Ethanol export plans cramped by distribution network geared to U.S. market

Archer Daniels Midland (ADM), Green Plains Renewable (GPRE) and other U.S. ethanol makers are banking on export markets as they deal with Obama administration plans to cut U.S. consumption requirements, but the industry is held back by a distribution structure built almost exclusively around the domestic market, according to a WSJ analysis.

The bulk of U.S. ethanol plants are located in the Midwest to be close to the corn supply rather than near shipping ports, which is driving up costs to transport the fuel.

Also, shipments to the EU have all but ended since the EU last year imposed a tariff on U.S. ethanol, and the U.S. faces stiff competition from Brazil.

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Comments (5)
  • 11146471
    , contributor
    Comments (1397) | Send Message


    US government backs oil and gas cartels instead of farmers and renewables.


    In Europe (mainly Germany) and Latin America (mainly Brazil) it's a different deal!
    28 Jan 2014, 01:57 PM Reply Like
  • Randal James
    , contributor
    Comments (4422) | Send Message
    Farmers should be farmers - not pawns in a foolishly subsidized faux-energy business. Ethanol from cane is reasonable given the much higher yield. Ethanol from corn is simply another $400 toilet seat.
    28 Jan 2014, 03:09 PM Reply Like
  • 11146471
    , contributor
    Comments (1397) | Send Message
    Farming is an ancient human activity and helps to keep the rural population in healthy economic condition.
    The land and the seeds will always be there even when the fossil fuels would have been depleted.
    And its always wise to have a back-up plan just in case of disruption in global oil flows due to wars or embargoes or spike in prices. At least you have a better bargaining position against OPEC.
    A 5% or 10% ethanol mix is not going to harm us oil production, but it can help us countryside's prosperity.
    28 Jan 2014, 04:05 PM Reply Like
  • Randal James
    , contributor
    Comments (4422) | Send Message
    The cost of the ethanol fantasy has been in tens of billions of annual direct subsidies and billions more in related increases in costs for higher consumer prices for other consumer food staples such as bread, meat and dairy. Hoo boy! Did we stick it to OPEC or what?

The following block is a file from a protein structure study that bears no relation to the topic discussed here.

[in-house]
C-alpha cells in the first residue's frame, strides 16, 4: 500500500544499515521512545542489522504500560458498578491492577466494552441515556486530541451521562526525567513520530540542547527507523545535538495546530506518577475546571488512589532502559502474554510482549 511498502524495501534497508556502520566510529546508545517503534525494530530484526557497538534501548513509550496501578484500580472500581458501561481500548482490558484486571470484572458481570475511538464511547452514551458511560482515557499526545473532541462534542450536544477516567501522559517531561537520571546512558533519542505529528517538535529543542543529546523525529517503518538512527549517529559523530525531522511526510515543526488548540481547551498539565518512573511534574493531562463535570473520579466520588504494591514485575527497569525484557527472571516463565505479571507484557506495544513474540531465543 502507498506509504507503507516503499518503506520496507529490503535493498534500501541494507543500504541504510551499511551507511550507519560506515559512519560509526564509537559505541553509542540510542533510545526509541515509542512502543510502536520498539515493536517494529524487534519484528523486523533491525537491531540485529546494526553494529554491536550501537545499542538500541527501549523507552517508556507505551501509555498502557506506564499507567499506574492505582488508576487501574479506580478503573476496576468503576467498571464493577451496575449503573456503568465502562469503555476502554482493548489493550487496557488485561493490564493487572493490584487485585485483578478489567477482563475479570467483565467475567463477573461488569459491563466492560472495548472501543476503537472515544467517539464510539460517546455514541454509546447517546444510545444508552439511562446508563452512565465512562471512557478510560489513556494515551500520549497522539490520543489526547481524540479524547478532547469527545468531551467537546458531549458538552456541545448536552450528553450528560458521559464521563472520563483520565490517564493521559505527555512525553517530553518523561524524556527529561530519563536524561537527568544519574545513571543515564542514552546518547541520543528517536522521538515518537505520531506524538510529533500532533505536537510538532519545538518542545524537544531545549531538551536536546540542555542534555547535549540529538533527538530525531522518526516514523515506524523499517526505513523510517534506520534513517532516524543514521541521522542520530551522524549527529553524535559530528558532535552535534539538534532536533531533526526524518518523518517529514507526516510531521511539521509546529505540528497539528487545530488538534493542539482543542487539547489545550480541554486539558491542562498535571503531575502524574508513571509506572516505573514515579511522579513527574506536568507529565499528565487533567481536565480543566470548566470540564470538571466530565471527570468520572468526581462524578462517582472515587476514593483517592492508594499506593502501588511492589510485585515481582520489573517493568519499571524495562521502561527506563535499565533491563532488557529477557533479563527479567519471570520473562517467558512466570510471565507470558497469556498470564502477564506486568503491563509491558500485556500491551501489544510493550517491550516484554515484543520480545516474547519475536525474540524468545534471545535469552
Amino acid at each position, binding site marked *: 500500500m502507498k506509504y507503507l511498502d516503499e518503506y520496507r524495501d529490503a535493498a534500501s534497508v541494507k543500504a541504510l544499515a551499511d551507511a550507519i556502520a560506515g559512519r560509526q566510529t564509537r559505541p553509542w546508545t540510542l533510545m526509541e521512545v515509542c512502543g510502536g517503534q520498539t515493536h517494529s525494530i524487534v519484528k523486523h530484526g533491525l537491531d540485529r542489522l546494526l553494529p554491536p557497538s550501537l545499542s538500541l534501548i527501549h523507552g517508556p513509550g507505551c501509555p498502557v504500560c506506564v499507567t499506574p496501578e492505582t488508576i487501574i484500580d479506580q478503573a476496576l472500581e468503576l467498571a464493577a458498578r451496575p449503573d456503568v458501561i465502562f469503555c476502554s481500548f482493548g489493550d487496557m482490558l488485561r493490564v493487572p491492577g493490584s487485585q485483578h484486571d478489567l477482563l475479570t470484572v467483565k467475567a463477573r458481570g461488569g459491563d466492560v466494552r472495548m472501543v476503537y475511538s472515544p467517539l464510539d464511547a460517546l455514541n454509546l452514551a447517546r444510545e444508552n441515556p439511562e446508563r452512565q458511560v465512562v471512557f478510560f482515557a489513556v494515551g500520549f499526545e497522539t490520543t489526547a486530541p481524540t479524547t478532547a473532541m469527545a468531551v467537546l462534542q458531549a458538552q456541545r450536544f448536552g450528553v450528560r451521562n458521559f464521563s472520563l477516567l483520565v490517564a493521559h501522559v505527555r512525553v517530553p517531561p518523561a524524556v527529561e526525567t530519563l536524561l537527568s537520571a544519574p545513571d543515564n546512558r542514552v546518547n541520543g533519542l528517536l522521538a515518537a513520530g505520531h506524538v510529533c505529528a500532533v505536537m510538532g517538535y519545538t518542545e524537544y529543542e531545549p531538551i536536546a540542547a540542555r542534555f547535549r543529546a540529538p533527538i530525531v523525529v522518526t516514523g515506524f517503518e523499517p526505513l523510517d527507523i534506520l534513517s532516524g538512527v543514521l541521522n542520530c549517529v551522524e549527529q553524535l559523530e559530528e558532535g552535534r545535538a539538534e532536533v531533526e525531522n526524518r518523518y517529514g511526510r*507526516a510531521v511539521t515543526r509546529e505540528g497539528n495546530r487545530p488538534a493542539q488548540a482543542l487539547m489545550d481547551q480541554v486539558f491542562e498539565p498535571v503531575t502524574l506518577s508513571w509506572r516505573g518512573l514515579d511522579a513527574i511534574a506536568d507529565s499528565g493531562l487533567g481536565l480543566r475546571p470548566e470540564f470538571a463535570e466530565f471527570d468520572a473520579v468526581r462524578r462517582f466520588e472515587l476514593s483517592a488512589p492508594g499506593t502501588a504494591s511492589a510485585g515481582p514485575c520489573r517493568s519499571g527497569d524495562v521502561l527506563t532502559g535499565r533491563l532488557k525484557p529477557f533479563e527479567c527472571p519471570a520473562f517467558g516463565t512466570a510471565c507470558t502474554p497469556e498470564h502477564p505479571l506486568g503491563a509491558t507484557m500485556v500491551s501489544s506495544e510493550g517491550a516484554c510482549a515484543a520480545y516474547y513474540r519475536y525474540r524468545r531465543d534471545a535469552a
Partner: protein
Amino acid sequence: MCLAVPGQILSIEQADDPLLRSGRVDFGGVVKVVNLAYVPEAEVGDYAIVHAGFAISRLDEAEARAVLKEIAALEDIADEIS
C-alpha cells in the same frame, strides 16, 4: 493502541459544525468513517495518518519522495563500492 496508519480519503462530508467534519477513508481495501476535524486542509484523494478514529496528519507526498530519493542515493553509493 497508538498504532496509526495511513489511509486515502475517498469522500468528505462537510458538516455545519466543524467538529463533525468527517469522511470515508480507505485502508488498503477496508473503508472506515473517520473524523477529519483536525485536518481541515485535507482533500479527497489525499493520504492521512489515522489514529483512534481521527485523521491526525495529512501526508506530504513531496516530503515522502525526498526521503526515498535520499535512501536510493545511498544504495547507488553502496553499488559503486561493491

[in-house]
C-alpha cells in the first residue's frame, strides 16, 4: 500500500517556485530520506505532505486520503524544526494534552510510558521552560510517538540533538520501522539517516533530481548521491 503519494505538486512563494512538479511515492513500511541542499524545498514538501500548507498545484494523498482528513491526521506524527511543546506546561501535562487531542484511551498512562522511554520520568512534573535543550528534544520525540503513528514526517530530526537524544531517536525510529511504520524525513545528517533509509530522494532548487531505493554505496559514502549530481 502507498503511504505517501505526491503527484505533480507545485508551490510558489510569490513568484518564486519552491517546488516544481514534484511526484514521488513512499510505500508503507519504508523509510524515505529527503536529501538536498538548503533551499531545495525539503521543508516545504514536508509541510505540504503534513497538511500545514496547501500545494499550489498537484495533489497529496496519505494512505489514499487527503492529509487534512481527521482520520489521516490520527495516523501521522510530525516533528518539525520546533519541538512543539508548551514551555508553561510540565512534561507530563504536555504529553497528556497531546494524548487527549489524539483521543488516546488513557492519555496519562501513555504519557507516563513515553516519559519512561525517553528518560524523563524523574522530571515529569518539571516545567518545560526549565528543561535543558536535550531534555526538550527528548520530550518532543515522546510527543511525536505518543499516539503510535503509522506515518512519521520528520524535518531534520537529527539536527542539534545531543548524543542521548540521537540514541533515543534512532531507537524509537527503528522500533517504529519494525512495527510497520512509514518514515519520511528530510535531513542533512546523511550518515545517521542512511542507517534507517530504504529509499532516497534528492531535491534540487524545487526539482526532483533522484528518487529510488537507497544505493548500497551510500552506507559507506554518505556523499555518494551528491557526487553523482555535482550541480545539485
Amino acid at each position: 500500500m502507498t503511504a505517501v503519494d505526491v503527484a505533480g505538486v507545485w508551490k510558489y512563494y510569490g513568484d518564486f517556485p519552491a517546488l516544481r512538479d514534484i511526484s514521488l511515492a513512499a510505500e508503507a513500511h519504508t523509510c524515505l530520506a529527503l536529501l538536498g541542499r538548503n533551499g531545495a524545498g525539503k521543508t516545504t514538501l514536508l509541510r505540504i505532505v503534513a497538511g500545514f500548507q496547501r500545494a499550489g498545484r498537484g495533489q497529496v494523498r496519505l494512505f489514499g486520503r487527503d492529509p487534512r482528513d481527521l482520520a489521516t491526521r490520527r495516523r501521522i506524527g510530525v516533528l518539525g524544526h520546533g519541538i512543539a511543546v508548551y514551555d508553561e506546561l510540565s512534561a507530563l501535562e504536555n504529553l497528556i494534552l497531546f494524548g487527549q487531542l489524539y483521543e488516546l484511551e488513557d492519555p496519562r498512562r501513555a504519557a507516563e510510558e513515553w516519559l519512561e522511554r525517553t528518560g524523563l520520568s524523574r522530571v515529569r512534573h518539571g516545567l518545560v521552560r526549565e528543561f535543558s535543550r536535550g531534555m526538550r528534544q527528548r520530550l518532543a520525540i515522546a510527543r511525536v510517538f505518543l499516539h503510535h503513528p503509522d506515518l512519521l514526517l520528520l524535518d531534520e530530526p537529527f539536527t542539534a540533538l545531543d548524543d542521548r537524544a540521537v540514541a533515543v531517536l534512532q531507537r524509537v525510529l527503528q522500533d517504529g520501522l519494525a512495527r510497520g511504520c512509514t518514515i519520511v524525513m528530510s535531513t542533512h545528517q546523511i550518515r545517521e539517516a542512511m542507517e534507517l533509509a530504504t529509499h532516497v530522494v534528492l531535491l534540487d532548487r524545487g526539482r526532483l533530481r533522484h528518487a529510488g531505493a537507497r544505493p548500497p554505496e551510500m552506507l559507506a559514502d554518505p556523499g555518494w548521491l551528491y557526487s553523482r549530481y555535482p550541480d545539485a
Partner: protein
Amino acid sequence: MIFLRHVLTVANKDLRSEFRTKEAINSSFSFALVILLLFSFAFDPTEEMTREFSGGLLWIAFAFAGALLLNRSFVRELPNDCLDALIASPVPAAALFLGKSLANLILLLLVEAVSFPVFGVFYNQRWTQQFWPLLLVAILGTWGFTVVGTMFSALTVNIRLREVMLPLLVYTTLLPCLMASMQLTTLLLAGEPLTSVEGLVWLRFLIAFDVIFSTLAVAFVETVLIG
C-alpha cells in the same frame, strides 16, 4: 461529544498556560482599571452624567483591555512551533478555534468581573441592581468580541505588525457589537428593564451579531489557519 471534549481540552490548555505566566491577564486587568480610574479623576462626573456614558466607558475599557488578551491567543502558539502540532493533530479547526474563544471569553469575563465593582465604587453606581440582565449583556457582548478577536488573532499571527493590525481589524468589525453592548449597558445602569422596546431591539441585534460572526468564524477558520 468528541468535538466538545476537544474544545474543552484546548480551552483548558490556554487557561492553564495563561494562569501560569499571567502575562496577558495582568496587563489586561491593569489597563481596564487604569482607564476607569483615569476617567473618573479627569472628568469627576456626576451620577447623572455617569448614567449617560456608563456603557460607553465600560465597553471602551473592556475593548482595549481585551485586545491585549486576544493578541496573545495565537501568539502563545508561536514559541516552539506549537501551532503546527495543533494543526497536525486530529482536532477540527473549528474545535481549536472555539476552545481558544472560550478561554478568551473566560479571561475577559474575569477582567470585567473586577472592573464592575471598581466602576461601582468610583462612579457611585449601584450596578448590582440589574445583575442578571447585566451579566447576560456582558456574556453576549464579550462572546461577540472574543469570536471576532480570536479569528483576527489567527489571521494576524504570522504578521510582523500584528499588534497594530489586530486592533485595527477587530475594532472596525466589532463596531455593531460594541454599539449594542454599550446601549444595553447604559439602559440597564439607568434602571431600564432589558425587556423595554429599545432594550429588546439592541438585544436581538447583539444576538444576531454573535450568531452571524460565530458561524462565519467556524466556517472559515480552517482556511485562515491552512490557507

I cannot immediately think of another program so misguided and wasteful nor any that has harmed consumers more. We live in a world short of food and we want to turn our surplus into... gasoline? If we loved ethanol so much we could've bought all we wanted from the Brazilians and the Cubans and made their economies much more robust.
    Instead, we pillage our own soil and its nutrients for something that doesn't pencil out economically, doesn't burn as efficiently as the real thing, shortens engine life, and costs us all real money at the grocer's. Brilliant!

    28 Jan 2014, 04:24 PM Reply Like
  • T. A. "Ike" Kiefer
    , contributor
    Comments (144) | Send Message
    Ethanol is following a classic Hubbert curve -- which is very educational about the real dynamics of Hubbert curves considering ethanol is not a finite resource. US peak ethanol happened in 2011. This curve is being shaped by demand, not by supply, and represents a shrinking market share. US soy biodiesel is just peaking this year. My weather gauge says sentiment is souring on RFS and biofuels are going to be asked to carry more of their own load with less subsidy. Farmers can already see it as well and are starting to back out of corn. The RFS 2014 public comment window closed tonight. I expect EPA's downward revision will stick, and some politicians will begin to seriously discuss rolling back corn ethanol altogether. Wild ride ahead -- mostly downhill.
    29 Jan 2014, 01:30 AM Reply Like
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